What would you do if you woke up in a hotel room next to a dead FBI agent, a briefcase filled with $250,000 … and you couldn’t remember who you were? That’s the dilemma facing Jake Rodgers in this oddball actioner that adds urban style to a comedic mash-up of The Bourne Supremacy and M:i:III. Is he a janitor at a video game company? Or is he a top-secret agent? Cue the super-cool spy music … but don’t hold your breath.
While fleeing the hotel, Jake runs into Diane, a voluptuous woman who helps him evade police. On their way (home?) to a huge mansion, Diane complains that she can’t believe Jake doesn’t remember her. After all, she is his wife. Jake doesn’t recall much (except for occasional flashbacks involving combat scenes—and his passion for Skittles), but he’s not about to let that stop him from enjoying the good life. “I’m rich, I have a big house and I’m married to a white woman,” he tells himself. “Am I Lionel Richie?” See what I mean about not holding your breath?
Dreams of the good life are, of course, shattered when he overhears Diane’s nefarious plans for him and must make a hasty retreat. When Jake renews his quest to uncover his lost identity and the reason someone apparently wants him dead, clues lead him to video game company DART. While pondering his conundrum at a diner, he discovers that one of the waitresses, Gina, claims to be his girlfriend.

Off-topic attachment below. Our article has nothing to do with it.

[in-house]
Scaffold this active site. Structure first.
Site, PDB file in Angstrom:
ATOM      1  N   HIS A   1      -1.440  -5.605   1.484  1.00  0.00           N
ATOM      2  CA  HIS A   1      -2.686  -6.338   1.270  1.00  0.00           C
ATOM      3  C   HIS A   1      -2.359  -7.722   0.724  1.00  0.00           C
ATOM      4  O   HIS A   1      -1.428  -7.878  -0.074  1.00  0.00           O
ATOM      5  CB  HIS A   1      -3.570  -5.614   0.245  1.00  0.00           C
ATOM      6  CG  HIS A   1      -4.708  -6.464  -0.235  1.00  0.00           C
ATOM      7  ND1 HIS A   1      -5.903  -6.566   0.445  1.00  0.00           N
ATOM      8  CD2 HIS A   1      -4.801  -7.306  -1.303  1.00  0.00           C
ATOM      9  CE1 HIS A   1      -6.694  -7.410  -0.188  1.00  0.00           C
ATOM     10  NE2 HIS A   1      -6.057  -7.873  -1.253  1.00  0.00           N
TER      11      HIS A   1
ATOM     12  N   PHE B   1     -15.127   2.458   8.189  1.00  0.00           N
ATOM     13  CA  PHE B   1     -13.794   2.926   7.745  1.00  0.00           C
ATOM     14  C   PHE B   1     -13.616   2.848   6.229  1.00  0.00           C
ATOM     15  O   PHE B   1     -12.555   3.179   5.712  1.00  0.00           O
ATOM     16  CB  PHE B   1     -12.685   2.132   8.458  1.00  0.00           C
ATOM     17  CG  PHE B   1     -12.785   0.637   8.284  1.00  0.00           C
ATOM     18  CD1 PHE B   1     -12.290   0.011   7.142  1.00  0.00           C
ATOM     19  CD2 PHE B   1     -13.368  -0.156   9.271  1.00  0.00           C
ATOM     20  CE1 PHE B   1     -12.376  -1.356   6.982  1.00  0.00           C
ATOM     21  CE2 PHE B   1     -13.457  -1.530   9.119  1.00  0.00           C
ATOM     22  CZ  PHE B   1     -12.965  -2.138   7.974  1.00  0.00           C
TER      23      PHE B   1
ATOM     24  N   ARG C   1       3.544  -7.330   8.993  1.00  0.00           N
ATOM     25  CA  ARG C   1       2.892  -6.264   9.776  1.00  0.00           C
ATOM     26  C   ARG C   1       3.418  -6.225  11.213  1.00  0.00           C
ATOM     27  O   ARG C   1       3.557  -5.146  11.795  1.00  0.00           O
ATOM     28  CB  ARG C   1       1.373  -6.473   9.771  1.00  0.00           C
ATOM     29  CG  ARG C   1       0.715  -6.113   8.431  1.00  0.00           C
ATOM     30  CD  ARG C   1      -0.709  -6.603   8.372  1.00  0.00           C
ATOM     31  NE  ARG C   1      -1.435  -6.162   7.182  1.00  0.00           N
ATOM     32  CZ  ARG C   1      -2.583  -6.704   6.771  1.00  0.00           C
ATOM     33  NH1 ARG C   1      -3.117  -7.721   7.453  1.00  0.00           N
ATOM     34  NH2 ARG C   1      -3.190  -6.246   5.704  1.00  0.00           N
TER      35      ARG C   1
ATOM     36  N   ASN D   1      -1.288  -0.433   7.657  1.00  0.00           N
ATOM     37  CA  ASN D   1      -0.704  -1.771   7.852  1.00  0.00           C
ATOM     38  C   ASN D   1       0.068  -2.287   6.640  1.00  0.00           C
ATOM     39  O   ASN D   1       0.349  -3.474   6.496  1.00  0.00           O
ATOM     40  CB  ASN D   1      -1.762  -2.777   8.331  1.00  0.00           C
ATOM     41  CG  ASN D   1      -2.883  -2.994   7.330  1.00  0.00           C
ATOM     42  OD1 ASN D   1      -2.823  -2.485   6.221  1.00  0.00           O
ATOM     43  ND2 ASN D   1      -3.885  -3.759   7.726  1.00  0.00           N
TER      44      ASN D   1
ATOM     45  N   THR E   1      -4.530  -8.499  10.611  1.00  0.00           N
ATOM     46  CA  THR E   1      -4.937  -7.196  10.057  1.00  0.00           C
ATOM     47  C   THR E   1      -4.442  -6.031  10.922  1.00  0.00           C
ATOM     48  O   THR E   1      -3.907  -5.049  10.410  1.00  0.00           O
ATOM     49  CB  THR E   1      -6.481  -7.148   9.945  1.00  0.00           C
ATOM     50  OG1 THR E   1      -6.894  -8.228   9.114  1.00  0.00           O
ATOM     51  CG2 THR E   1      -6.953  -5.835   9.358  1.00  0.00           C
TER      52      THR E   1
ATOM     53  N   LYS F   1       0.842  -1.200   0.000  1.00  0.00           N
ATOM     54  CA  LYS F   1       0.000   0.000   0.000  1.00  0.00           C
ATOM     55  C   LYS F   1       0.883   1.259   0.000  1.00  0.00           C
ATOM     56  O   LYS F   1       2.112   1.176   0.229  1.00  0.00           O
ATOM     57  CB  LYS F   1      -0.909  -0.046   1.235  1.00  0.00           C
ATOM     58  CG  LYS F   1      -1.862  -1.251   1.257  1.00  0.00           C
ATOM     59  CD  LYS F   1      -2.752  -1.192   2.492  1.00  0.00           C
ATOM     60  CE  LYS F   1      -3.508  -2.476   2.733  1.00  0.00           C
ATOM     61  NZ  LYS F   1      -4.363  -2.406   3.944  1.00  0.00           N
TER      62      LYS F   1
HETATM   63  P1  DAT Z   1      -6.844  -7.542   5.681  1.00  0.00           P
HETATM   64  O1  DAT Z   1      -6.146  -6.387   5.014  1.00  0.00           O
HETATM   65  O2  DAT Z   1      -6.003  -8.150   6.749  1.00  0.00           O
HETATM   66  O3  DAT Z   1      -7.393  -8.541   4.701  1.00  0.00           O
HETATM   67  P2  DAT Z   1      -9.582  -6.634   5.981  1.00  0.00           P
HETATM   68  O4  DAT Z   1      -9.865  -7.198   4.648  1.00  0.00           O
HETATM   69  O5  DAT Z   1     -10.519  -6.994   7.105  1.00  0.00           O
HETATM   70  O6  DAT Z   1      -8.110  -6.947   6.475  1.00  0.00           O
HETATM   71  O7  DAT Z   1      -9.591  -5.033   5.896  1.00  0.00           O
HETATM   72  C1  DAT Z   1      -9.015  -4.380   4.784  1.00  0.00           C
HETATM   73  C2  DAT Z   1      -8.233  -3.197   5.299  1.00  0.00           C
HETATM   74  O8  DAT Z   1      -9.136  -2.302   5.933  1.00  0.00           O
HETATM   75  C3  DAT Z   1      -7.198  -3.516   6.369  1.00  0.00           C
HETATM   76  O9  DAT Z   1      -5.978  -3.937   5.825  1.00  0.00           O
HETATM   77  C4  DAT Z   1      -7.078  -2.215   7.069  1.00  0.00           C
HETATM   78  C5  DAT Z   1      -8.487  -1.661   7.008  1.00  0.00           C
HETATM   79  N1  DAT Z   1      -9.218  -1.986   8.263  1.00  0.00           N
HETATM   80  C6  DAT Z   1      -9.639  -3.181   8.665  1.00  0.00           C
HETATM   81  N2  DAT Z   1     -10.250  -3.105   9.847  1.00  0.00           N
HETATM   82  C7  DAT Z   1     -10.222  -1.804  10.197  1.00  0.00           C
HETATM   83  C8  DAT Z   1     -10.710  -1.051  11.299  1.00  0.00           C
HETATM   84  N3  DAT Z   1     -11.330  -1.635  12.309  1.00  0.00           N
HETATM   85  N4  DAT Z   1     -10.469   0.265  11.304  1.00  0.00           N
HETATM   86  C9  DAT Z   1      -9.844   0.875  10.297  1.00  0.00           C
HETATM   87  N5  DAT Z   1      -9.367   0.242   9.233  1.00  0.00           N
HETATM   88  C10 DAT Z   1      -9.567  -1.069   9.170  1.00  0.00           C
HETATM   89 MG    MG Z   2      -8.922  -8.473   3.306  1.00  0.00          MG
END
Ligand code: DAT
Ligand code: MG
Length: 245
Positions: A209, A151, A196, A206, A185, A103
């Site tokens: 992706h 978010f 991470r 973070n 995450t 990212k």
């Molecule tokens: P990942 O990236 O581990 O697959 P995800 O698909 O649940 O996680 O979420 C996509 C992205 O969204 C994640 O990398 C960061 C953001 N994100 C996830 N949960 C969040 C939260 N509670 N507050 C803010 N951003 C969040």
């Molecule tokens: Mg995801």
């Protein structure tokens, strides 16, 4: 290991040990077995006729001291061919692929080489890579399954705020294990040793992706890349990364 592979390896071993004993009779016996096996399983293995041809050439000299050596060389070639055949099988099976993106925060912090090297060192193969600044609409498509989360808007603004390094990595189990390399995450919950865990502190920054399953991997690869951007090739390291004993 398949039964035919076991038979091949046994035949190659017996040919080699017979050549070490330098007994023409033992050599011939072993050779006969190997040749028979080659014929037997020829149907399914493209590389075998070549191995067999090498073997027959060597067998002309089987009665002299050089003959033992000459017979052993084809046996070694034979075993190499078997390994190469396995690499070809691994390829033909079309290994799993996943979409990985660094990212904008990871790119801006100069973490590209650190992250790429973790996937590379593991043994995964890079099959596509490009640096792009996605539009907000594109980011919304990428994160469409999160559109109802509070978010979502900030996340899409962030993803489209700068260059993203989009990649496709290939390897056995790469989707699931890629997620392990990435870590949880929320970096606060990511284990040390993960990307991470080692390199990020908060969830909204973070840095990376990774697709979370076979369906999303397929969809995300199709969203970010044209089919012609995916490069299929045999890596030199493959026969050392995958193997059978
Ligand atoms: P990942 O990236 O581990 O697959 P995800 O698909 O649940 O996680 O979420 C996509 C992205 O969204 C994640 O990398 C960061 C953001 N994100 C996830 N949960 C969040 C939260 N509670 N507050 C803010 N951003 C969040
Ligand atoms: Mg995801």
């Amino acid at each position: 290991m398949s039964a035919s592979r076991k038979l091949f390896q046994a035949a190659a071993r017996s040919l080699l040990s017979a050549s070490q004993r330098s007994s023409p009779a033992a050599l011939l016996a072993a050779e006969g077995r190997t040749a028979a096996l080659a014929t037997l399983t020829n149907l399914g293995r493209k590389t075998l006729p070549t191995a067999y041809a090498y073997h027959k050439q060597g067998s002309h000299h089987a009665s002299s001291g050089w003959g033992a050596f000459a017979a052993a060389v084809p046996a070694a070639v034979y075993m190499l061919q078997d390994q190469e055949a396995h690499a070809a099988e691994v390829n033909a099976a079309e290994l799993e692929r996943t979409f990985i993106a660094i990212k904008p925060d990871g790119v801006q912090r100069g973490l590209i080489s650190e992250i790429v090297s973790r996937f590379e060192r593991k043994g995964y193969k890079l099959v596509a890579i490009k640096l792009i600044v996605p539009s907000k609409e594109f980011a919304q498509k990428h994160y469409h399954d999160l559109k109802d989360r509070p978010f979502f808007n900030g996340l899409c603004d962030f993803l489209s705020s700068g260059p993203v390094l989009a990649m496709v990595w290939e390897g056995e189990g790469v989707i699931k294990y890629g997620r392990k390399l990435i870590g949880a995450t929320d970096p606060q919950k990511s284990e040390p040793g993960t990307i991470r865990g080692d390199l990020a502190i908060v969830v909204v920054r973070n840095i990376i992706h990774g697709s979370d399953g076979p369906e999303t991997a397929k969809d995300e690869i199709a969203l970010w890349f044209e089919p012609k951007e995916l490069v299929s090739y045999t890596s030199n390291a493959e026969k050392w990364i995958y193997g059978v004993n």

Gina informs him that he is, in fact, a lowly janitor at DART. Or is he? And is she …? Ongoing war-time flashbacks make it impossible to know for sure, as do cryptic phone messages from a programmer (friend?) named Riley. What is apparent is that for some reason, Jake has hidden a secret microchip (if only he could remember where it is!) that Diane and DART CEO Eric Hauk will stop at nothing to retrieve.
As the tangled plot of Code Name: The Cleaner unfolds, Jake and Gina alternately come to one another’s rescue. Protecting America from espionage proves to be a driving motivator for at least two of the characters.
A doctor suggests that one way to help jog Jake’s memory is to arouse him. Accordingly, Diane dons extremely skimpy lingerie and proceeds to sway seductively in front of and on top of him in a long, risqué scene full of lingering camera shots. (An outtake at the end includes more such footage.) Other scenes picture Diane in revealing outfits exposing a lot of cleavage.
That pretty much sums up the approach this film takes to sex. We see several of Jake’s sleazy fantasies, one of which involves Gina and Diane, lingerie and lots of soap suds. And we endure handfuls of visual and verbal innuendoes, double entendres (hinting at oral sex, among other things), lustful stares, randy come-ons, etc.
When Jake wakes at the beginning of the film, he assumes the person he’s in bed with is a woman—and the filmmakers go crazy with the “big joke.” Similarly, a mix-up has Jake meeting a homosexual man who was hoping to rendezvous with someone he met in an online chat room. The man discloses his vulgar user name and the one of the man he was planning to meet. And he’s disappointed when Jake isn’t interested in him. Elsewhere, another comedic sequence repeatedly conflates a man’s request to be shot with a gun (don’t ask) with a request for gay sex.
A backside-slapping gag involves Jake and an elderly woman—who smiles approvingly. Jake also slaps Diane’s posterior a couple of times. And he “reads” Jet; moviegoers see a centerfold image of a woman in a bikini.